Object Therapy: A Student-selected Component Exploring the Potential of Museum Object Handling as an Enrichment Activity for Patients in Hospital

  •  Helen Chatterjee    
  •  Guy Noble    


This study involved innovative research in a novel field, namely ‘object therapy’, within the framework of a
student-selected component (SSC) undertaken by second year, Phase 1 Medicine students at University College London.
The project had a series of intrinsic aims: to provide medical students with communication skills, methods of assessing
wellbeing and research techniques and to evaluate the potential of museum object handling as an enrichment activity in
hospitals. Five medical students undertook museum object handling activities at 24 patient’s bedsides in order to assess
the psychological impact of ‘object therapy’ using standard Quality of Life (QoL) measures. Quantitative analyses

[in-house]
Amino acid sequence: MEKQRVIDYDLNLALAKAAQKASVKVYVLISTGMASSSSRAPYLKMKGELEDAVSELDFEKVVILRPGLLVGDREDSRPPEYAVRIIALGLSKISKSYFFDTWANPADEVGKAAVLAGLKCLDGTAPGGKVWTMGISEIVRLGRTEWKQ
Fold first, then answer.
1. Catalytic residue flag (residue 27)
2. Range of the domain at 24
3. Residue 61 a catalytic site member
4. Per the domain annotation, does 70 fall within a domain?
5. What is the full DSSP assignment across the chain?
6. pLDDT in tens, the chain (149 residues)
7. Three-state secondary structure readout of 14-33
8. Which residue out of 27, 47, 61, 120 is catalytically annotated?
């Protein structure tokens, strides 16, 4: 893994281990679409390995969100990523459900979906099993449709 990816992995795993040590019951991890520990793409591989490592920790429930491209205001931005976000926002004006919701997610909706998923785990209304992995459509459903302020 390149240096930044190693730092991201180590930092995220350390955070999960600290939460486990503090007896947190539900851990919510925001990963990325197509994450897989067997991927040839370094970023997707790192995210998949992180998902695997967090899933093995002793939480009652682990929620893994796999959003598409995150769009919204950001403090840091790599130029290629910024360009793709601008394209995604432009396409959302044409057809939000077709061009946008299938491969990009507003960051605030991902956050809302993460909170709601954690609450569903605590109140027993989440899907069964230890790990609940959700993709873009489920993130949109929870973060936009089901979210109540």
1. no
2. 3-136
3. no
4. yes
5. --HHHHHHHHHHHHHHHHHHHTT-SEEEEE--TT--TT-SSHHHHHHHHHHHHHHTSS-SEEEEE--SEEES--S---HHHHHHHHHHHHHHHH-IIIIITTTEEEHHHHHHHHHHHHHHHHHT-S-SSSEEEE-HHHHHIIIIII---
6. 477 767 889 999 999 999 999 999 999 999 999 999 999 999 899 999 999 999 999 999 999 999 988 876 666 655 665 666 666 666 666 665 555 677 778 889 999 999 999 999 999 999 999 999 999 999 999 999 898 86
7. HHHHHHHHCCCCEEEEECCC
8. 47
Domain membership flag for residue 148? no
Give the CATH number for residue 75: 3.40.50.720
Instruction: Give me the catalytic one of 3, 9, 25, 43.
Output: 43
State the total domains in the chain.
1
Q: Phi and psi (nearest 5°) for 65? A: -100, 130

indicated an increase in overall well being and patient’s perception of their health status at the end of the session.
Qualitative analyses revealed patients felt positive about the role of object handling sessions as a distraction from
everyday ward life. The study showed that this is a novel enrichment activity which has the potential to enhance
patient’s lives whilst in hospital. The SSC provided valuable communication and research skills to students in their
pre-clinical year, affording an opportunity to interact with patients, gain ward experience and an appreciation of the
importance of considering the whole person when treating a patient.

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